Bridging the gap: how Fintechs and ‘big business’ can work together

by Colin Carmichael, UK Fintech Director

Everyone’s talking about Fintechs – but what does ‘Fintech’ really mean?  It’s a generic term that loosely groups a number of innovative technical organisations within Financial Services.

As the Fintech director for Sopra Steria, I believe I know all about Fintech. To me, Fintech is all about change – introducing new, fresh ideas and ways of working – and making them happen. I’ve worked in financial services across the UK, Europe and further afield for many years – and organisations of all sizes find it hard to change; the bigger the organisation – the greater the challenge. Change means that organisations have to think and act differently to introduce brand new ways of working to deliver desirable services to their customers.  The customer really is king and new products and services need to be built to their wishes (rather than the ‘old fashioned’ way of creating a product and selling it hard). What’s more, new, faster technology and access to huge amounts of data have made this issue more acute as it’s raised customer expectations. Put simply – there’s so much to think about and to do to get ahead and stay ahead.

Organisations need to keep up with the very latest ideas – and still deliver a reliable and robust service. And it’s a fact that incorporating new technology is how they will do it. So why is it so challenging for Fintechs and big players to work together? All too often, Fintechs struggle to get their ideas to the right decision makers – and established businesses are nervous of too much change.

The biggest hurdles are often company politics, internal structures, old processes and course – the difficulty of incorporating brand new ideas into ‘old’ systems. For Fintech’s, it’s tricky to get the right contacts at the right level – and to also ensure their ideas are brought to life safely and securely.  For banks and insurers, introducing new, untried and tested ideas is hugely risky and it can take a long time – as well as effort and money to get it right.

What’s needed is a bridge between the Fintechs and the more traditional organisations – to help them to work productively together. Organisations like Sopra Steria have platforms that are at the heart of many of today’s large businesses – and they also understand existing processes, procurement and politics which often stand in the way of getting things done. By working together, Fintechs, established players and platform organisations can listen to and learn from each other, in order to fast track innovation and get the results they need – quickly and cost effectively.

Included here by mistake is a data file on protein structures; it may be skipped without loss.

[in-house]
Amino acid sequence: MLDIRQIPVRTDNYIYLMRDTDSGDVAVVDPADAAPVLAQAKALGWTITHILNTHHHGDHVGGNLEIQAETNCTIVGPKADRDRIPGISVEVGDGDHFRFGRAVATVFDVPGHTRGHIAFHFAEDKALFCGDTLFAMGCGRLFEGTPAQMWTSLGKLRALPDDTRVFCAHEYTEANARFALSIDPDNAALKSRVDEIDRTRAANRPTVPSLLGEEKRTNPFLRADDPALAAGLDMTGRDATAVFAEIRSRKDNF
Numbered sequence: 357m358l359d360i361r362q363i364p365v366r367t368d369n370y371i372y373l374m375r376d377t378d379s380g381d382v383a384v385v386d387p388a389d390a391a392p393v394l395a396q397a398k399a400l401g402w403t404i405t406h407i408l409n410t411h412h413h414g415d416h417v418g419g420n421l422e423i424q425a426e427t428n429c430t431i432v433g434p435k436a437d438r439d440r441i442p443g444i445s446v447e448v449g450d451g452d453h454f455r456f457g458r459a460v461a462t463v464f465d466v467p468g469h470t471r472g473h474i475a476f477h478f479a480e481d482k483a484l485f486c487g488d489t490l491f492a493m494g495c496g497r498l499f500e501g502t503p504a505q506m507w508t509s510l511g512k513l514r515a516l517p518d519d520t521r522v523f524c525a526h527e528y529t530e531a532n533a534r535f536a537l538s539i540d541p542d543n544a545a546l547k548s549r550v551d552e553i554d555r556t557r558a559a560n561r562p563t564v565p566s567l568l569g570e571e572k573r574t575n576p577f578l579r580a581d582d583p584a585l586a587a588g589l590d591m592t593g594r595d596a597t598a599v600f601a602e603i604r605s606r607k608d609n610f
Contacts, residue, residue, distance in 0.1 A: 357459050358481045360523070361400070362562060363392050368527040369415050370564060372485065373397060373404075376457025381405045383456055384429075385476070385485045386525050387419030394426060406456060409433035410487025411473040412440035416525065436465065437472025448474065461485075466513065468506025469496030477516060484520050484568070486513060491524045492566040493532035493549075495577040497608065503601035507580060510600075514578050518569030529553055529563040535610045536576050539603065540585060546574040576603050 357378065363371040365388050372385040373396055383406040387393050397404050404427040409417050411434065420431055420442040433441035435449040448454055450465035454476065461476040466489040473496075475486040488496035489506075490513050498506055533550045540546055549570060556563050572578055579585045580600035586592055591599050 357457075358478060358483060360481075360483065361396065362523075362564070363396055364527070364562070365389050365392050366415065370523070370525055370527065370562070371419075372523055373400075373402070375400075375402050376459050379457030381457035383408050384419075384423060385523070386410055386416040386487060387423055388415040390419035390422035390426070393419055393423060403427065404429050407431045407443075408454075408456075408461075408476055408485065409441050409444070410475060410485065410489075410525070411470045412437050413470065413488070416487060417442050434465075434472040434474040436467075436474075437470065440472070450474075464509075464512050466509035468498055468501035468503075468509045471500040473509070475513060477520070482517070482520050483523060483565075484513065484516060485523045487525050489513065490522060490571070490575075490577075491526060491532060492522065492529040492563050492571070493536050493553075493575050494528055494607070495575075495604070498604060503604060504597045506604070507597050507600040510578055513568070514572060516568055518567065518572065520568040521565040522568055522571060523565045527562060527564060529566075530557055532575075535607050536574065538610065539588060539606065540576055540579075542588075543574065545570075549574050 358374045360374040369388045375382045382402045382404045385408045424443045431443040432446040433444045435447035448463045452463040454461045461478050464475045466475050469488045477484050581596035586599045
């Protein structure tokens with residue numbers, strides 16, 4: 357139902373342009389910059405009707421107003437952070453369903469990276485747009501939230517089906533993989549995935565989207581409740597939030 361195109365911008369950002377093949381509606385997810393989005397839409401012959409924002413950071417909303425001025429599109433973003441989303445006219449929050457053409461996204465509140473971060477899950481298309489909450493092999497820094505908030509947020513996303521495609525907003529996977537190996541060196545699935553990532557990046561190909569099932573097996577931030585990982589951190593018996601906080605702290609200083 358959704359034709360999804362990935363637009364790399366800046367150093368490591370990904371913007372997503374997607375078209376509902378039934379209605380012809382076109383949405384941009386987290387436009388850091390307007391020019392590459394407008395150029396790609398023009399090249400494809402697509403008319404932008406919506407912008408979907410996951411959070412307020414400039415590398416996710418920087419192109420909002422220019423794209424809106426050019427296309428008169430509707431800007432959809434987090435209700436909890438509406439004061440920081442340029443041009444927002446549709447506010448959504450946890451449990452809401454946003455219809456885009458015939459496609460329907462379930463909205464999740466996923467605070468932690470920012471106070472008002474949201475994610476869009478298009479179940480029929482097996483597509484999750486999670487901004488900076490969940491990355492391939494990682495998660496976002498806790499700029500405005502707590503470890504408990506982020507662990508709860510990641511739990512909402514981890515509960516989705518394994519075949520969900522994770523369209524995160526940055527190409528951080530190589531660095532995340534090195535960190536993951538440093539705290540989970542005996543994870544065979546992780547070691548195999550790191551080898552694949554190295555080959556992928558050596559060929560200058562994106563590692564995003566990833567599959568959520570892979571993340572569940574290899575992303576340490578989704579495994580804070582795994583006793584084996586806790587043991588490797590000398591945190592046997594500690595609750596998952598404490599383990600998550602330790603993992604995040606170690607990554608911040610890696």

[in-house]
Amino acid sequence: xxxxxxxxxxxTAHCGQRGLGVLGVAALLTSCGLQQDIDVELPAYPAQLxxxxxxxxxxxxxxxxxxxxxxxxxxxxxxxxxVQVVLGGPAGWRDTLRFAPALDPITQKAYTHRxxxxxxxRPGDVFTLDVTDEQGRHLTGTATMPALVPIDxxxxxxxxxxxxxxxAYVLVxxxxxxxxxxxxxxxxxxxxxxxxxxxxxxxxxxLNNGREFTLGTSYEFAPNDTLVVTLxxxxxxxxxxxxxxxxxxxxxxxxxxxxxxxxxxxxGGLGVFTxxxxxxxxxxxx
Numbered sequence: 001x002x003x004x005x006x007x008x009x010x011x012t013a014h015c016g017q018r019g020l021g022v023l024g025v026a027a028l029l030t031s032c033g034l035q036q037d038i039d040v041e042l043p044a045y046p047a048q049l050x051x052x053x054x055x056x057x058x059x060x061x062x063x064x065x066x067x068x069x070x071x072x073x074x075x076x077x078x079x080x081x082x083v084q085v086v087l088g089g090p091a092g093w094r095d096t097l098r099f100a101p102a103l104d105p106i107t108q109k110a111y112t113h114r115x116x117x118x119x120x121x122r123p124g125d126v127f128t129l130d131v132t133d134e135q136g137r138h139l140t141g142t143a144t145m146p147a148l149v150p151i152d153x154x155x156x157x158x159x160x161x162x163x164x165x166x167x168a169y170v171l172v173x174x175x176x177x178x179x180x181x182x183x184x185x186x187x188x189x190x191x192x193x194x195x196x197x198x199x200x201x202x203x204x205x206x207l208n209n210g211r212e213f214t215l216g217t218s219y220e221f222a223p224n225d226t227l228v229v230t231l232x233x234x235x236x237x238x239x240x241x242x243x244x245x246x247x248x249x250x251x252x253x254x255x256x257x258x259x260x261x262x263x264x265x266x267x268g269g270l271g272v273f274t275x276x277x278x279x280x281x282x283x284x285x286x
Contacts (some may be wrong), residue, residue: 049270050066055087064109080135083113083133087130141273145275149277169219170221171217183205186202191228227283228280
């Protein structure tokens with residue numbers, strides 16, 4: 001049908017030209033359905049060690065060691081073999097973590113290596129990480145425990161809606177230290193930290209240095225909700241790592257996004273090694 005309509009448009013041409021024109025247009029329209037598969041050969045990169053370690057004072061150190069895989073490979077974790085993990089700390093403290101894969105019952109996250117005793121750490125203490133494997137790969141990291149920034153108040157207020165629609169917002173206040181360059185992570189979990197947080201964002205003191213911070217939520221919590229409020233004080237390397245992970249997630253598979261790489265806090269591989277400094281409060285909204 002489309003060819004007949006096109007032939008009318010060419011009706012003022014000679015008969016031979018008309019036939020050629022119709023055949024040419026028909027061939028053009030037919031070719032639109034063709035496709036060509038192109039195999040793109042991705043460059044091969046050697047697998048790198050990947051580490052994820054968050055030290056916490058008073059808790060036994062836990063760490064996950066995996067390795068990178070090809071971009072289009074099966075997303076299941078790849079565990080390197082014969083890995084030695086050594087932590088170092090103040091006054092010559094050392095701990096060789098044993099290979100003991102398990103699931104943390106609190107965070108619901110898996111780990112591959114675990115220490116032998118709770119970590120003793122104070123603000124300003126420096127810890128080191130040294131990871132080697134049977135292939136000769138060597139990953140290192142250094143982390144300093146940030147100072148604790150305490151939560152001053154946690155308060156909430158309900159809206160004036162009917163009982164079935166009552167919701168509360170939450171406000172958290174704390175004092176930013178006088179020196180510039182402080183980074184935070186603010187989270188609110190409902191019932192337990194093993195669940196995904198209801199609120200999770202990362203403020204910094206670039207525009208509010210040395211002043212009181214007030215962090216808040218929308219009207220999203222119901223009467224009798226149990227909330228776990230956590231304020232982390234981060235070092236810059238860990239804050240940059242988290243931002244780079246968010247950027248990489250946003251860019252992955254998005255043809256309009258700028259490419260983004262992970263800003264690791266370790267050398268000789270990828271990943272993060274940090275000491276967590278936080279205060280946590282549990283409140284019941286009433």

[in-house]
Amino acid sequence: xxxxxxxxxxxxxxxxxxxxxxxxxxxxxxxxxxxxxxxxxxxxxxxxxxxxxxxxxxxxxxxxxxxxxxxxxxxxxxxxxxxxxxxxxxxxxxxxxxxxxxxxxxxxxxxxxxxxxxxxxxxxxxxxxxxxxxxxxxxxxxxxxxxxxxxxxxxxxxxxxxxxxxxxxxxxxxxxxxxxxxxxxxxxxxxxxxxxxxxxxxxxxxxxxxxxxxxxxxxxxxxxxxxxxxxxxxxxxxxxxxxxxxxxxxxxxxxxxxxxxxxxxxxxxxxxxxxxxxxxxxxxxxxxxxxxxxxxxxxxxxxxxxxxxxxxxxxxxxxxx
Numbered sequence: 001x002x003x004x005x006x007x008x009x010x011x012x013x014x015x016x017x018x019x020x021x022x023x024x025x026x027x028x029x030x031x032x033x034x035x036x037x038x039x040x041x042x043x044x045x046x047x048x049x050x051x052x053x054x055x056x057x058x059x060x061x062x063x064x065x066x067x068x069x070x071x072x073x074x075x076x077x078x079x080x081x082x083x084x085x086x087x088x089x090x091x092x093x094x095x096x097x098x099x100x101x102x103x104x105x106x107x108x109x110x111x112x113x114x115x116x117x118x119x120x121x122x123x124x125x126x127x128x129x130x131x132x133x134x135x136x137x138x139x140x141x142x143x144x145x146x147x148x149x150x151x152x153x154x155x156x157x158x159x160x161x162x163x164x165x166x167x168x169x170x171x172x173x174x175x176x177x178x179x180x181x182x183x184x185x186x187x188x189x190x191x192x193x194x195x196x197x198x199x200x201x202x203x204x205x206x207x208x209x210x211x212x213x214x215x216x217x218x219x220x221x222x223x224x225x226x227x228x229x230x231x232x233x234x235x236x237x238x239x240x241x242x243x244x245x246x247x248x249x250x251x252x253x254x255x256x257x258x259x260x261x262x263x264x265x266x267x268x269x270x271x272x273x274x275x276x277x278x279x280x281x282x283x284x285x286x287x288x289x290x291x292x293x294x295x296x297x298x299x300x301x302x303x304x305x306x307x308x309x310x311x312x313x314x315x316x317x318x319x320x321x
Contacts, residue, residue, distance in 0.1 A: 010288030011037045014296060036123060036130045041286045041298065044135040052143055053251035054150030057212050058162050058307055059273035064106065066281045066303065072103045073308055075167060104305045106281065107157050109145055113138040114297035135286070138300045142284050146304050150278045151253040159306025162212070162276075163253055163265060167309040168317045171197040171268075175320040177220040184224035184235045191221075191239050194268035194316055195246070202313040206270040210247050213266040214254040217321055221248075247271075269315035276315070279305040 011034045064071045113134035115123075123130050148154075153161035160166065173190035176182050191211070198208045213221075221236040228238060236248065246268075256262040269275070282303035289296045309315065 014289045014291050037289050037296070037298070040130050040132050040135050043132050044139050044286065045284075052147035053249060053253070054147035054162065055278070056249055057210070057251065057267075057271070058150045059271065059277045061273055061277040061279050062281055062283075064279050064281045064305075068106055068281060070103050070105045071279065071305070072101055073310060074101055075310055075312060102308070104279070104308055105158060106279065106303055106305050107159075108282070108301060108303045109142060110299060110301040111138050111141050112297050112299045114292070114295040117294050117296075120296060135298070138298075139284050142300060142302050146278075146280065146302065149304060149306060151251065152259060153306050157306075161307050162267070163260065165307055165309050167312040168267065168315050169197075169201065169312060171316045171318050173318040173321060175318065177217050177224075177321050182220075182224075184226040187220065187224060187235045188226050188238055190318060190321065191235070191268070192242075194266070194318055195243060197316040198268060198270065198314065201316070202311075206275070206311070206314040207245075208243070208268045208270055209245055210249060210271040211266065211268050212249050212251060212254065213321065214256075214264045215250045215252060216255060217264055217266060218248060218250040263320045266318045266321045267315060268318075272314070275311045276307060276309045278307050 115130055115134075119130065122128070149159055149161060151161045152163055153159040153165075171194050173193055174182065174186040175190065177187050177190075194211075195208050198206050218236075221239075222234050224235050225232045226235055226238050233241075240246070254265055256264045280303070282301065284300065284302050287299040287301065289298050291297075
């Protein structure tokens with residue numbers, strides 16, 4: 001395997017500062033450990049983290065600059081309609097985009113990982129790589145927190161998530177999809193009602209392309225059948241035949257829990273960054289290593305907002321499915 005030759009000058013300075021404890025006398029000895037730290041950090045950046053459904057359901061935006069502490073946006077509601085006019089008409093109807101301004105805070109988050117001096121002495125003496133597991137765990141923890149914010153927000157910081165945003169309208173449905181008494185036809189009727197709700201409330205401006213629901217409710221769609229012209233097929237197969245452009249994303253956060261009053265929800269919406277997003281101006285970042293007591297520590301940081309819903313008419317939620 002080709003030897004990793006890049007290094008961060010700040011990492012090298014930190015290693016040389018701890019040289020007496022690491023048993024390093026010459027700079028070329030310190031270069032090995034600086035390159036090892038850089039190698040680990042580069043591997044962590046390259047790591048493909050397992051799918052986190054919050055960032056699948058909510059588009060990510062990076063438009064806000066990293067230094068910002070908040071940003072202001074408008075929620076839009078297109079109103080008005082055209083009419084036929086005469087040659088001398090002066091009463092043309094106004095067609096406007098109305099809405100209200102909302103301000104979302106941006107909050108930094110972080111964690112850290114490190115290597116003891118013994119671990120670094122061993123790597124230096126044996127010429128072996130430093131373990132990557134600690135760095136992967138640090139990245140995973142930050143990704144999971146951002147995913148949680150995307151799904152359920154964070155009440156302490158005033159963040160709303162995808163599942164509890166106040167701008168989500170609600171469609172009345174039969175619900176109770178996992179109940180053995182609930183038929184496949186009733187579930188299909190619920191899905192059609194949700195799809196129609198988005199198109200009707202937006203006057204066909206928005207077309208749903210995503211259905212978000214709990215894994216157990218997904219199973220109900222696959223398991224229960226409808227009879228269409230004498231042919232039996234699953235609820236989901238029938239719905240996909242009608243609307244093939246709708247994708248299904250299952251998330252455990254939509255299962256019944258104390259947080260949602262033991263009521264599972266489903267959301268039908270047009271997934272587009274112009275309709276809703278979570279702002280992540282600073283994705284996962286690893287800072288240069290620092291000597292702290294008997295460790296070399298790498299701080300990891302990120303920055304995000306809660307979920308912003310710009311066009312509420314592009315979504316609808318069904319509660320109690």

So, my advice to banks and insurance companies as well as the Fintechs is to work and collaborate with a platform provider from the start. Fintechs can safely test and prove their worth in ‘virtual factories’ using real systems and data – and financial organisations can be confident about bringing the best and brightest ideas to market without huge risk. It puts new Fintechs in touch with established players – and accelerates change. And that’s what we all want.

So, maybe, we shouldn’t be using the term ‘fintech’ to refer to just new and upcoming technology companies. After all – aren’t we all Fintechs? Perhaps instead we should be focusing on partnerships and collaborations between new technology companies, established organisations and the role platform players have to accelerate change.

It really is true. It’s not what you know but who you know that makes all the difference.

Our Apprentices Answer

by Nadia Shafqat, Junior Software Engineer

In an ongoing series, we hear from both our current and past apprentices about their experiences. Apprenticeships are offered to anyone at any level, from those at the start of their career to those who wish to change the direction of their career and learn new skills. Here we hear from Nadia.